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Calendar No. 489


1st Session






No. 490


JULY 19 (legislative day, JULY 9), 1945.—Ordered to be printed

Mr. MURDOCK, from the Committee on Banking and Currency,
submitted the following .

[To accompany H. R, 3771]

The Committee, on Banking and Currency, to* whom was referred
the bill (H. R. 3771) to provide for increasing the lending authority of
the Export-Import Bank of Washington, and for other purposes,
having considered the same, report favorably thereon without amendment and recommend that the bill do pass.


The bill lays down the policy of Congress with respect to the loans
of the Export-Import Bank; reorganizes the management of the bank;
establishes it as an independent agency of Government; increases the
lending authority of the bank and changes the method by which it
obtains its funds; and removes certain restrictions on its operations.
The increase in the lending authority of the Export-Import Bank
proposed in this legislation is necessary to, enable the bank to expand
the assistance it gives in facilitating the foreign trade of the United
States through the financing of exports and imports and development
projects abroad, and also to undertake part of the urgent new task of
financing reconstruction in Europe and other devastated areas.
The testimony presented to the committee shows that the ExportImport Bank has virtually exhausted its loanable funds. As of June
30, 1945, the bank had outstanding loans of $214,000,000 and undisbursed commitments of $336,000,0(30. The sum of these amounts,
$550,000,000, was only $150,000,000 less than the maximum amount
of loans wiiieh it may have outstanding under existing legislation.
Applicatians presently under consideration involve amounts sufficient
to exhaust this remaining balance.
In the face of this shortage of funds, heavy demands are being made
upon the bank for the extension of credit. These demands come principally from two directions. On the one hand, American exporters,



perceiving the opportunities for increasing their export business on a
commercial basis because of the accumulated foreign demand for our
products and the partial relaxation of export controls in the United
States, are actively soliciting business in foreign countries. They
find themselves, as before the war, under the necessity of selling on
terms appropriate to the type of commodity involved, the ability of
the foreign buyer to pay, and the competition offered by competing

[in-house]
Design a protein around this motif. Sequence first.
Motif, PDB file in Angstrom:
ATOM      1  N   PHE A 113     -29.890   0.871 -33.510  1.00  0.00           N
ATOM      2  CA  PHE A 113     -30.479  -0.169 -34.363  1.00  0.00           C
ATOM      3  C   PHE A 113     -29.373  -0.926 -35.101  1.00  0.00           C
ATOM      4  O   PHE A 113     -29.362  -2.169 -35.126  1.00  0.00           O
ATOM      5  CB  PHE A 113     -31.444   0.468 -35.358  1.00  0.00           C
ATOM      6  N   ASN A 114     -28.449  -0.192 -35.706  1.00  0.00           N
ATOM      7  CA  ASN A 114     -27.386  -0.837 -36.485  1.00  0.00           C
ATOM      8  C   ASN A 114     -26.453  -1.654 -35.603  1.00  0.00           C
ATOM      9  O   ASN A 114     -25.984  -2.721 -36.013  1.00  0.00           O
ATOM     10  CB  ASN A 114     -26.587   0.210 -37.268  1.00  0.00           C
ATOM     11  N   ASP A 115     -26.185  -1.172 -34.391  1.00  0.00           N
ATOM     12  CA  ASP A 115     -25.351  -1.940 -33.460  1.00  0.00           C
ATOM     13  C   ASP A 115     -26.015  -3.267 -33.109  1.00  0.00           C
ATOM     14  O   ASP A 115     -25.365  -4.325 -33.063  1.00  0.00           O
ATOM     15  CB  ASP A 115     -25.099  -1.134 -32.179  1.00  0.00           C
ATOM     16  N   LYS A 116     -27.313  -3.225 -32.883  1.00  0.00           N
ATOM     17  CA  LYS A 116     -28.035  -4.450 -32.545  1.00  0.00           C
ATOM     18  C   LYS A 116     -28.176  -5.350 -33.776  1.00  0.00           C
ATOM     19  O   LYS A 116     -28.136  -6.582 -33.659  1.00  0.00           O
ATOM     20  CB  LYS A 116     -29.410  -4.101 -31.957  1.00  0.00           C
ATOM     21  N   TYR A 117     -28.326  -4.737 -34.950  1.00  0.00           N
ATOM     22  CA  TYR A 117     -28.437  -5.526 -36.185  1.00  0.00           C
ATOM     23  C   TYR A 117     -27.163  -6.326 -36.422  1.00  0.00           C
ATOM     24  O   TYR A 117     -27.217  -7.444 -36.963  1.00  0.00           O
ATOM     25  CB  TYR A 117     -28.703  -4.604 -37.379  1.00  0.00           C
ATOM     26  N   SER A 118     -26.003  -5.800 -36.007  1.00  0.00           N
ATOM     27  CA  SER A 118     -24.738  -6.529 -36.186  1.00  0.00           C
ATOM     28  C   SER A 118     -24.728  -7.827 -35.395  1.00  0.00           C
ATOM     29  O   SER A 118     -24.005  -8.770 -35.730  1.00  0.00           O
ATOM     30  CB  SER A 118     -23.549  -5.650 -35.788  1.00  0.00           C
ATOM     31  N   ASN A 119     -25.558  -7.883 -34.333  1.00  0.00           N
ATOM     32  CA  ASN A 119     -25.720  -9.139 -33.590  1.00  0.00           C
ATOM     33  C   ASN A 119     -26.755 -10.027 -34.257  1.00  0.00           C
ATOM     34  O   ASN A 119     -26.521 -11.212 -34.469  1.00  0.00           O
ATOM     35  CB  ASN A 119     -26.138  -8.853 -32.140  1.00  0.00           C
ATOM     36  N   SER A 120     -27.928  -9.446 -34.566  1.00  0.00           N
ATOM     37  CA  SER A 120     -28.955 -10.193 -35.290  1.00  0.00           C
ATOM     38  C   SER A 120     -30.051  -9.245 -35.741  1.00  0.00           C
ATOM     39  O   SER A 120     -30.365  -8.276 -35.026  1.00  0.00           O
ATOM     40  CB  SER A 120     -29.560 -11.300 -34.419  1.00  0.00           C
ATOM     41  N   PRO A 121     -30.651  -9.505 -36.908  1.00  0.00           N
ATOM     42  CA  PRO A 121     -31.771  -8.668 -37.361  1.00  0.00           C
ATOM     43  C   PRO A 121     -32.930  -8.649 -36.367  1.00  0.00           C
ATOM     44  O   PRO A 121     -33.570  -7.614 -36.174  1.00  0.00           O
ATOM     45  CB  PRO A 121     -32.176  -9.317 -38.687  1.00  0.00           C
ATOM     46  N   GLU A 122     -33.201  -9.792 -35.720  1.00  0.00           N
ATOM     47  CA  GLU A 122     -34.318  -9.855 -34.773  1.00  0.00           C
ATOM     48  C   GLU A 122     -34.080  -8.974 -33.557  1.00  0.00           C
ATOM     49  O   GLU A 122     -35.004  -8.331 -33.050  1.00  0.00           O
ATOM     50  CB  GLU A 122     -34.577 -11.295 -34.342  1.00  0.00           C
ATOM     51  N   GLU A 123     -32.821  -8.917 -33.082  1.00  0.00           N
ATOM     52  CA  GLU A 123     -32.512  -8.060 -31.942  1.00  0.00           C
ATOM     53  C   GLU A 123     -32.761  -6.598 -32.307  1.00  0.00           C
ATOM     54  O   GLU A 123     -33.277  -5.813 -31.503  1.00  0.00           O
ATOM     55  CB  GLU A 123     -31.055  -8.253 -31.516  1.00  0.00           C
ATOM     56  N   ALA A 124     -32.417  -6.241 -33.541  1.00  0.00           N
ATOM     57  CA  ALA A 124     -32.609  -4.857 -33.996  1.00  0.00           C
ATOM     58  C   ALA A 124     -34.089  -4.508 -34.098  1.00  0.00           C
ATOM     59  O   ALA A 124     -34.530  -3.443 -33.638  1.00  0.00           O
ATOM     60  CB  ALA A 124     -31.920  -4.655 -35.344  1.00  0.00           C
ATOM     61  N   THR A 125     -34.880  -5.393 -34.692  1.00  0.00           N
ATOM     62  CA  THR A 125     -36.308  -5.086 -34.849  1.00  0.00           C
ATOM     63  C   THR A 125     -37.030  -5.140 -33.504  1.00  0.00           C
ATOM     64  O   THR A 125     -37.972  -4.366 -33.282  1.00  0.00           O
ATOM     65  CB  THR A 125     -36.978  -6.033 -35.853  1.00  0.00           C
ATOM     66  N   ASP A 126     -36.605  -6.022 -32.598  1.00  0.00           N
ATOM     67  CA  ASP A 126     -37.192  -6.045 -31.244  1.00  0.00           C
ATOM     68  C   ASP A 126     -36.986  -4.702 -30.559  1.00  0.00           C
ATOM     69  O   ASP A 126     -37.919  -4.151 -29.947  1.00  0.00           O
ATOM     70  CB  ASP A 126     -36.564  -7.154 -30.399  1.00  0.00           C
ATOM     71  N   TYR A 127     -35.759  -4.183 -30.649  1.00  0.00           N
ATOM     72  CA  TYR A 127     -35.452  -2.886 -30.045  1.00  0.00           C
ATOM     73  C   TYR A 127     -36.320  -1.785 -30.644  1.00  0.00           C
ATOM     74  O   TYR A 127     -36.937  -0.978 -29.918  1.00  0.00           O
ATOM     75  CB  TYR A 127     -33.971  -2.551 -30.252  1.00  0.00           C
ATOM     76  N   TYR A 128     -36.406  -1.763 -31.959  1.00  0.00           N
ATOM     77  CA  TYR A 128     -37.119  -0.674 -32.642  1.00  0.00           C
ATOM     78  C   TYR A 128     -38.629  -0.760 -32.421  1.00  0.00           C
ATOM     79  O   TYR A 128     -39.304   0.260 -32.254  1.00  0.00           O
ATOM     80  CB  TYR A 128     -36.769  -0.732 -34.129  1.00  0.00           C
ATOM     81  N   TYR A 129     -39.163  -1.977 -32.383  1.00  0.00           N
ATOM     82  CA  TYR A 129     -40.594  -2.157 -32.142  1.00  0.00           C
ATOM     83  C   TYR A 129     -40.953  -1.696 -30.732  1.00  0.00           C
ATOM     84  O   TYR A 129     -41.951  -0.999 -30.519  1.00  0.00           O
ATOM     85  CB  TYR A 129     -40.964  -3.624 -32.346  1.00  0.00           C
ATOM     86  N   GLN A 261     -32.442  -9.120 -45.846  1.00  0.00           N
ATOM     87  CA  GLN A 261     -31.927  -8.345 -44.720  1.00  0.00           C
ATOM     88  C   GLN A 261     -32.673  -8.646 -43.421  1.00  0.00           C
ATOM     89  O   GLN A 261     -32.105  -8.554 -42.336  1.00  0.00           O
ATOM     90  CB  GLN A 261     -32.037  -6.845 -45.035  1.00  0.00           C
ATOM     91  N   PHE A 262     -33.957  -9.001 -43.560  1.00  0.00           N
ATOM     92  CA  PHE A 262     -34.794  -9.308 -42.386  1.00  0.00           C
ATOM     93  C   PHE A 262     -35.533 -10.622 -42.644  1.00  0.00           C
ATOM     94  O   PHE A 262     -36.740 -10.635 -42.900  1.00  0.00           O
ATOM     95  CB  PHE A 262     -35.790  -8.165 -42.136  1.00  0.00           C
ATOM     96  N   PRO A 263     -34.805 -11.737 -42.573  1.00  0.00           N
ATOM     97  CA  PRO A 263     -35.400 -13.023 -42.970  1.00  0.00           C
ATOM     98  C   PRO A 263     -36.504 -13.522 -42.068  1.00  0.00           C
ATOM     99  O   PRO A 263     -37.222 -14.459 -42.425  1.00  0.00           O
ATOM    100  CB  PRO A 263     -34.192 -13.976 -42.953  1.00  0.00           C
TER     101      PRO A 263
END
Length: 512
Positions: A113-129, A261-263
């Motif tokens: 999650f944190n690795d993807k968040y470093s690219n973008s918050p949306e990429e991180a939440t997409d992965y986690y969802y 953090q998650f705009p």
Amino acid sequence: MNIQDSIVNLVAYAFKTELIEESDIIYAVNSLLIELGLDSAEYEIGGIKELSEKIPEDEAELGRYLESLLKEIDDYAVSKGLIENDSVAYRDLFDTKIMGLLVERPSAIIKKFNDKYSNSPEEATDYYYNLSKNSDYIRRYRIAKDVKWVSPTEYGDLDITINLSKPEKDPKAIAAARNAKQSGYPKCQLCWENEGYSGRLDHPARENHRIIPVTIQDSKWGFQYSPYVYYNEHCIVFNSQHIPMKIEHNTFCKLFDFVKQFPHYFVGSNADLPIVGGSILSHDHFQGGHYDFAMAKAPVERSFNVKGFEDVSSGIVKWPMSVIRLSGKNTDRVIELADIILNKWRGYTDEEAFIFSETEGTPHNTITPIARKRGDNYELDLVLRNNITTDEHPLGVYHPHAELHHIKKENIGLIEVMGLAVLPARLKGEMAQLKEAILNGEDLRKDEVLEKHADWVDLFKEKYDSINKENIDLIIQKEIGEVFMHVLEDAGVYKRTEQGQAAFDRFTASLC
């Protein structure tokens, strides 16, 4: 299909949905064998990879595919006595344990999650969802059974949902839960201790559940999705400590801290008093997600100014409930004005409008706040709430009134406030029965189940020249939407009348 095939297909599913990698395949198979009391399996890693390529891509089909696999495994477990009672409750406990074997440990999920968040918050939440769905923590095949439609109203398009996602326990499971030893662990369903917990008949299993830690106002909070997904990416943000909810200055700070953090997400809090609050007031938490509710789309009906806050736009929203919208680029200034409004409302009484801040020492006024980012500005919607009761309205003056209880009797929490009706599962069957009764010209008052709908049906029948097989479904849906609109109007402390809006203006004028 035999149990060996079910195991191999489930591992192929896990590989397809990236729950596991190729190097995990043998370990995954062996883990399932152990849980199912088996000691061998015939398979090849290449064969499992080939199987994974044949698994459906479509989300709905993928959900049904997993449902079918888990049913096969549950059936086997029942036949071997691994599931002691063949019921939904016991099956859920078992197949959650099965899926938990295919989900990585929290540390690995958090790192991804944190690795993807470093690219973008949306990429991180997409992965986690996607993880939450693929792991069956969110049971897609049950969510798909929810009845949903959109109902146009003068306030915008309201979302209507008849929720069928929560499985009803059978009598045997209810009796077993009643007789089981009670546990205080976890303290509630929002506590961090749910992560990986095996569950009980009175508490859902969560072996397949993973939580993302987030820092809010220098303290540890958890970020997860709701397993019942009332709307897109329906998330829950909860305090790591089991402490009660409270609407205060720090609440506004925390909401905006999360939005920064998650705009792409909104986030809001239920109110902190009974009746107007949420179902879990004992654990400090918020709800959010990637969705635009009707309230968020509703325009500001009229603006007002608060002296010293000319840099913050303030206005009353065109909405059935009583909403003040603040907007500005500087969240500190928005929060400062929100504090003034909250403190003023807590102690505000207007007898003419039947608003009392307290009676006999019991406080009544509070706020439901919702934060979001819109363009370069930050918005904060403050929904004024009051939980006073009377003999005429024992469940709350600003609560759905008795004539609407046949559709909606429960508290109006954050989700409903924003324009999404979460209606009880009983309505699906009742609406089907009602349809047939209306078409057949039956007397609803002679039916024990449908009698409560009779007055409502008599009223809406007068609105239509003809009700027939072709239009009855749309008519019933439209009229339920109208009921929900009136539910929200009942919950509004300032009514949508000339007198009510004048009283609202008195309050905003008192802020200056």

suppliers. Under these conditions, exporters are applying in increasing numbers to the Export-Import Bank for credit assistance which is
not obtainable from private banks. The bank should be in a position
to meet these demands.
At the same time, governments of foreign countries and their
agencies are coming to the bank seeking financial assistance for the
purchase of American equipment and materials to be used in connection with reconstruction and development projects. Insofar as the
Latin-American countries are concerned, this is a function which the
Export-Import Bank has performed for a number of years on an
increasing scale and one which it should be in a position to continue
in the interest both of creating immediate markets for our products
and of so strengthening the economies of the Latin-American coui^tries
that they will be steadily growing markets for American goods.
The problem with respect to the liberated countries of Europebecomes daily more urgent. These countries cannot expect, under
the established policies of this Government, to receive, via lend-lease
equipment and materials for the restoration of their economies. Although some of the countries have limited resources of their own which
can be used to finance purchases in the United States in part, their
requirements are large and there are other claims upon these resources
which must be satisfied. Furthermore, it will naturally be some
time before they are in a position to export goods and services as a
means of paying currently for what they buy from the United States
and other suppliers.
The demands upon the Export-Import Bank both from our own
foreign traders wanting to reopen markets abroad and from foreign
countries wishing to renew their purchases from the United States can
be met, provided only suitable financing is available. In view of the